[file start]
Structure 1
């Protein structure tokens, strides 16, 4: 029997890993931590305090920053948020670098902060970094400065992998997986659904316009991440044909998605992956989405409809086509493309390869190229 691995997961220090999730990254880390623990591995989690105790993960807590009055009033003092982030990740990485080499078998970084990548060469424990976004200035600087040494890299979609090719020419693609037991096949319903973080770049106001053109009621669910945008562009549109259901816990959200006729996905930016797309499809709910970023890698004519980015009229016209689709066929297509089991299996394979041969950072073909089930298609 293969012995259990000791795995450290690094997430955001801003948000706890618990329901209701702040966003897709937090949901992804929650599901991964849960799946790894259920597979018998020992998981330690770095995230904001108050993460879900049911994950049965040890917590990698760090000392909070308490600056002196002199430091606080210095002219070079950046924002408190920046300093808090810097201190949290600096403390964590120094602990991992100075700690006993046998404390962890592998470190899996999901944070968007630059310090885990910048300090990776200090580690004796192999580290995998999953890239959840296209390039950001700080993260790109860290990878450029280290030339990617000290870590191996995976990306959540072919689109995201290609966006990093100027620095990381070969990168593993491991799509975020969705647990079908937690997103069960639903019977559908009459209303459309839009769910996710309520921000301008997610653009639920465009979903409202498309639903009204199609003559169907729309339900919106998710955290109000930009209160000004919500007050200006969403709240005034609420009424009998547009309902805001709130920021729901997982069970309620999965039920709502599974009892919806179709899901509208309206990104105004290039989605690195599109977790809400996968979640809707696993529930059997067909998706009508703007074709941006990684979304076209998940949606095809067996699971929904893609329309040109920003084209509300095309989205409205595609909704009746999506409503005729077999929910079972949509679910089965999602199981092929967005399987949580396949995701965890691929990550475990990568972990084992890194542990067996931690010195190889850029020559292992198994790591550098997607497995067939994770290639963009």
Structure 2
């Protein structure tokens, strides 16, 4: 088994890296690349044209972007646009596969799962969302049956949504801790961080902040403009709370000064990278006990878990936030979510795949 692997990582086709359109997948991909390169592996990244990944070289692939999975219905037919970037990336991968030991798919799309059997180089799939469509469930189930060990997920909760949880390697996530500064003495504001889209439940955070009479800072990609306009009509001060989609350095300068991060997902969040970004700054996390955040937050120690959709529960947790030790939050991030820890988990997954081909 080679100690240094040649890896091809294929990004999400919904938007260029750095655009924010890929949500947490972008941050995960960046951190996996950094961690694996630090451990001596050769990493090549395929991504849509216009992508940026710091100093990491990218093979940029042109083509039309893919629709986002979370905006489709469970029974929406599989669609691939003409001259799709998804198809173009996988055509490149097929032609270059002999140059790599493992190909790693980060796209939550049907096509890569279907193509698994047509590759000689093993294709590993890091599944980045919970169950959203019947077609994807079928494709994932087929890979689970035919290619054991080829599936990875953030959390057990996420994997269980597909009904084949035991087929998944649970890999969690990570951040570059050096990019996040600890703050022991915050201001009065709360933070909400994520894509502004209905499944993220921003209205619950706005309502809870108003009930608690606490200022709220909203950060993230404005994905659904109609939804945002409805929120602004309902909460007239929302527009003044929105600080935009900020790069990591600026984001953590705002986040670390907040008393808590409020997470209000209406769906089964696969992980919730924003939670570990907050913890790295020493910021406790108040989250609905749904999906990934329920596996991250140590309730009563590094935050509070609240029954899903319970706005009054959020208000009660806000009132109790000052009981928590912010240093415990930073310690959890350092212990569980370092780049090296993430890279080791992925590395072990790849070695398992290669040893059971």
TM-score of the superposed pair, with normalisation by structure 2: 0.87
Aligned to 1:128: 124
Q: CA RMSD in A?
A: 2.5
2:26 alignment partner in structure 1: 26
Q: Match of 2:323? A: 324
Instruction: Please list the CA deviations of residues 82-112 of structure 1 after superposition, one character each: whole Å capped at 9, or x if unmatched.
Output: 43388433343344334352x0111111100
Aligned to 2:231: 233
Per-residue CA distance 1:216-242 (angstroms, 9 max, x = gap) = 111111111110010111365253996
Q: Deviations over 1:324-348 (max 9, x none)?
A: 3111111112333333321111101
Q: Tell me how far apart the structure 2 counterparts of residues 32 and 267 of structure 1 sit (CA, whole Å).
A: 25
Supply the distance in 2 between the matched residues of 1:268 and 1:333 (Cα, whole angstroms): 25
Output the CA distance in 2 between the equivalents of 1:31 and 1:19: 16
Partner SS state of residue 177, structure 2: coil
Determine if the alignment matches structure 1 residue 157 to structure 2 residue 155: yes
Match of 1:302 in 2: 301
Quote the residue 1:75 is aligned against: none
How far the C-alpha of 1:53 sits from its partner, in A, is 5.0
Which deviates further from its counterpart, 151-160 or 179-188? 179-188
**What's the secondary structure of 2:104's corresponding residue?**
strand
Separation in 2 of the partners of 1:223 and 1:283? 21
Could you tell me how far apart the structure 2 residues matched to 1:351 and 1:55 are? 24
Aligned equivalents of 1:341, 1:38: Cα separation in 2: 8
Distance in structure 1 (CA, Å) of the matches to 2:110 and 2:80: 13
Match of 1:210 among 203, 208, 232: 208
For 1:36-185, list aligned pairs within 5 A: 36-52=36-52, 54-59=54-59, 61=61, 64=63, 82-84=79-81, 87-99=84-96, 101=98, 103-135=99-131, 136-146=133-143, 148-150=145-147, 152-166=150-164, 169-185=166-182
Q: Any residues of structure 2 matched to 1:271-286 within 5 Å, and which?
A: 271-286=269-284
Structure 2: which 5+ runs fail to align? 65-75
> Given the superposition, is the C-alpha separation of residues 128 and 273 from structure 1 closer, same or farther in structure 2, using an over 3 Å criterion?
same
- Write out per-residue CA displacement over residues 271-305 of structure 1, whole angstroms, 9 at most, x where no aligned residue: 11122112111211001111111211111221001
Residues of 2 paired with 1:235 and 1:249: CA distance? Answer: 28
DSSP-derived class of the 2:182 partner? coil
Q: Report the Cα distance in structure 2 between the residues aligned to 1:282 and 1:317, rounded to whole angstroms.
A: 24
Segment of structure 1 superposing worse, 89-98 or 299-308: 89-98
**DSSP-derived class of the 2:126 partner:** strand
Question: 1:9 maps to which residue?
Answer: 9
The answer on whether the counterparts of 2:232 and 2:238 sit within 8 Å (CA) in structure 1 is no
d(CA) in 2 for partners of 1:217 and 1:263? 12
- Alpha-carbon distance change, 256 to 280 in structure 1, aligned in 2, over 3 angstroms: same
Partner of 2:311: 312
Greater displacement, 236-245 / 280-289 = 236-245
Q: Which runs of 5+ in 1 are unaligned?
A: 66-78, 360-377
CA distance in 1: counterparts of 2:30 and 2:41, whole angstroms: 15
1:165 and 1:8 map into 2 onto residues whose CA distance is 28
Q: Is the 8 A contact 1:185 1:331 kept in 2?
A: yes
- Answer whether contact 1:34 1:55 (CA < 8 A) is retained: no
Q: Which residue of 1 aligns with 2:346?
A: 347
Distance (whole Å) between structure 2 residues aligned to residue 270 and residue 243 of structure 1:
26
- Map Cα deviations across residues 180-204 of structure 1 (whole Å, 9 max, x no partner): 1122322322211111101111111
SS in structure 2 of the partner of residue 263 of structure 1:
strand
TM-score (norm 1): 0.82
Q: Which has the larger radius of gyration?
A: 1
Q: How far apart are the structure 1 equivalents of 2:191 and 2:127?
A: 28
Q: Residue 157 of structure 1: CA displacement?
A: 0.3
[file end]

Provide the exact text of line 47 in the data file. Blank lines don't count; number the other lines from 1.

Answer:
Question: 1:9 maps to which residue?